The cover art by Ana J Phoenix is simple, I can easily see Clark in the model, I like it.

Sales Links:  Amazon

BOOK DETAILS

Kindle Edition, 277 pages

Published April 14th 2019

ASIN B07QRQFHSQ

Edition Language English

Series Lovestrong #5

A Caryn YA Release Day Review: Driven by MB Mulhall

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Rating: 3 out of 5 stars

I found this book a frustrating combination of a nice spin on the hurt/comfort trope, but with frequent sections that bothered me: long boring inner monologues by the main character, Oliver, and moments of incredible stupidity that literally made me want to DNF the book several times. I persevered because I was reading it for this review, and in the end I was glad I did, but it was close! Oliver is a homeless young man who is brought out of the vicious cycle of his self-recrimination and loathing by the kindness of several people in the community. His love interest, Simon, is actually a rather small part of the group that ultimately makes Oliver believe that he can be loveable, and I thought that was pretty refreshing.

The book starts with a flash forward to a moment when it seems that Oliver is dying. He is thinking of all the people he will miss, and the story truly commences at the time when he first meets the main secondary characters in the book. Two kind old ladies offer him a place in their home on a provisional basis, with the expectation that he help them out around the house. In addition to food and shelter, they offer him respect and kindness, which he has a hard time accepting as he has come to think of himself as the worst kind of criminal. There are hints about an accident, and incarceration, though the details are not revealed (and then only sketchily so) until later in the book. Simon is the boy next door who also befriends the skittish Oliver and encourages him to stay and give the old ladies, and himself, a chance. In the end, of course, Oliver learns to believe in himself and have faith in others, and has a promising future – and that’s not really a spoiler, just the expected resolution of a hurt/comfort romance.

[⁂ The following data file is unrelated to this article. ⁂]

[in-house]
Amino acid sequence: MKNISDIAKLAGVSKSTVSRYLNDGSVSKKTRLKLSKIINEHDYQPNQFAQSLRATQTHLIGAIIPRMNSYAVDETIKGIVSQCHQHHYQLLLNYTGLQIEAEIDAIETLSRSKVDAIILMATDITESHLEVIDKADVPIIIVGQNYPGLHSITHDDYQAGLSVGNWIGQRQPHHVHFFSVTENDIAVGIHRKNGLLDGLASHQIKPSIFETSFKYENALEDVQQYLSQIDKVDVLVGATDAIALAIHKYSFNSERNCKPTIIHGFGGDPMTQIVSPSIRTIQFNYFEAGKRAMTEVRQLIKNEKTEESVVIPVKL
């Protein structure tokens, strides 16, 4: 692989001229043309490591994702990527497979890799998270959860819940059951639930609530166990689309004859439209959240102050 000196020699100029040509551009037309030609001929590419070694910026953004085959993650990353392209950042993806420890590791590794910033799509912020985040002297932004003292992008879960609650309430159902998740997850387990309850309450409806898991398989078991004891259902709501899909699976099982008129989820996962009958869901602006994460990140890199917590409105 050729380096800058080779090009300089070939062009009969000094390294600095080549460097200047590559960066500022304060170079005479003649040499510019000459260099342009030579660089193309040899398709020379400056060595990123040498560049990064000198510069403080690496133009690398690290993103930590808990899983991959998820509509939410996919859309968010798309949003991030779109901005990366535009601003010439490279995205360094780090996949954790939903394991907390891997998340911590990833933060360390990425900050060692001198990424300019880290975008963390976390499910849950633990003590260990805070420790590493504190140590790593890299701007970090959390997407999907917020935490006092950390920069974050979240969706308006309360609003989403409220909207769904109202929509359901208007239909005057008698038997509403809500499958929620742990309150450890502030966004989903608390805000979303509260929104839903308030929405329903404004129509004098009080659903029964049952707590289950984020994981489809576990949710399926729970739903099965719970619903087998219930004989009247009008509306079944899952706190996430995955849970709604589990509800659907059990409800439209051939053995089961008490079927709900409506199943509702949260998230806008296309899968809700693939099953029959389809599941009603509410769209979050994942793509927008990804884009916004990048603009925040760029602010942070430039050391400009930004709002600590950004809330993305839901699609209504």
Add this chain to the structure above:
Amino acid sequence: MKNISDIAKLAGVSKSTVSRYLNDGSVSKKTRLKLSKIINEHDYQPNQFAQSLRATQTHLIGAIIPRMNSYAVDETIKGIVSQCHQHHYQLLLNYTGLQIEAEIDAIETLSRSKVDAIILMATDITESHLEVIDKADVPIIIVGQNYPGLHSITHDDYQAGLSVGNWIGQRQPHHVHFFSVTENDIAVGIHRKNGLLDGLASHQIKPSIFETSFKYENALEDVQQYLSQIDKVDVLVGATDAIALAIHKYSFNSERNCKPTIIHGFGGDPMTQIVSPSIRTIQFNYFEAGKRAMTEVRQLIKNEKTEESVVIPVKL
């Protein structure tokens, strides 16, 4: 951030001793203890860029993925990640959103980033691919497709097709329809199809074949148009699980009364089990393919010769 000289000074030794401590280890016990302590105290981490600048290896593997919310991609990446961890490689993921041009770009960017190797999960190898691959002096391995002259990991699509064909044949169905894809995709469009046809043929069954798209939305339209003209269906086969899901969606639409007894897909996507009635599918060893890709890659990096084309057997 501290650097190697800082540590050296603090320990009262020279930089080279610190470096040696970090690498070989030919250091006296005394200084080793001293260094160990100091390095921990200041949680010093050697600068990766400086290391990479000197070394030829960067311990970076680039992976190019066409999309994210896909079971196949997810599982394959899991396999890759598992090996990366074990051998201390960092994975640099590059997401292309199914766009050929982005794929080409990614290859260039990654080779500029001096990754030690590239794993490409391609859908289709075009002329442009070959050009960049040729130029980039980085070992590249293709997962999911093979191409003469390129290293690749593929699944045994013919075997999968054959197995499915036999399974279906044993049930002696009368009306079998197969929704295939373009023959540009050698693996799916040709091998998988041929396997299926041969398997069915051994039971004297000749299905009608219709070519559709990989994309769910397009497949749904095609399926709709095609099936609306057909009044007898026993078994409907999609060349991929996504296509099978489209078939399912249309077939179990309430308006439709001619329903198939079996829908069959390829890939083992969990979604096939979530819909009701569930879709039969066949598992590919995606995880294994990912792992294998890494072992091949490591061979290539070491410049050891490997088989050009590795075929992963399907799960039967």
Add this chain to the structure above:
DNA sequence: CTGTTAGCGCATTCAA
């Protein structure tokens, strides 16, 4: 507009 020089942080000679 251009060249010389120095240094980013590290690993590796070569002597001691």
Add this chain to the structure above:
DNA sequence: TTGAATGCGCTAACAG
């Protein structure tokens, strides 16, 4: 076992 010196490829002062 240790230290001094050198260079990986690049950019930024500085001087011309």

The tragic events in Oliver’s past life were only somewhat vaguely explained, and I didn’t truly follow the path from accident to jail to homelessness. It was all fueled by Oliver’s self-hate, but those endless monologues just made me think he was whiny rather than feeling compassionate for his suffering. He also several times got into situations that he responded to with “too stupid to live” actions that just made no sense, when he was otherwise supposed to be a pretty smart guy. Those seemed like gratuitous drama and angst to me, and completely turned me off. I think different writing could have made me believe that Oliver’s self-hate was justified, but I just didn’t feel it. I didn’t get what his art had to do with anything, it really felt superfluous to his personality and to the story. I never understood what kind of hold Marcus had (the bad guy) had over him. The book was also fairly long for the plot and action that occurred, which I blame on those long monologues, and that made the pace of the book slow, and I found myself putting it down frequently to pursue something more exciting – like doing laundry.

I guess, in the end, the blurb was everything I wanted the story to be, but the execution was kind of a swing and a miss for me.

Cover art by Anna Sikorska was very appropriate for the story, and the empty section of highway was good for the initial somber tone of the story.

Sales Links

Harmony Ink Press

Book Details:

ebook, 210 pages
Published March 7th 2017 by Harmony Ink Press
ISBN 1635332796 (ISBN13: 9781635332797)
Edition LanguageEnglish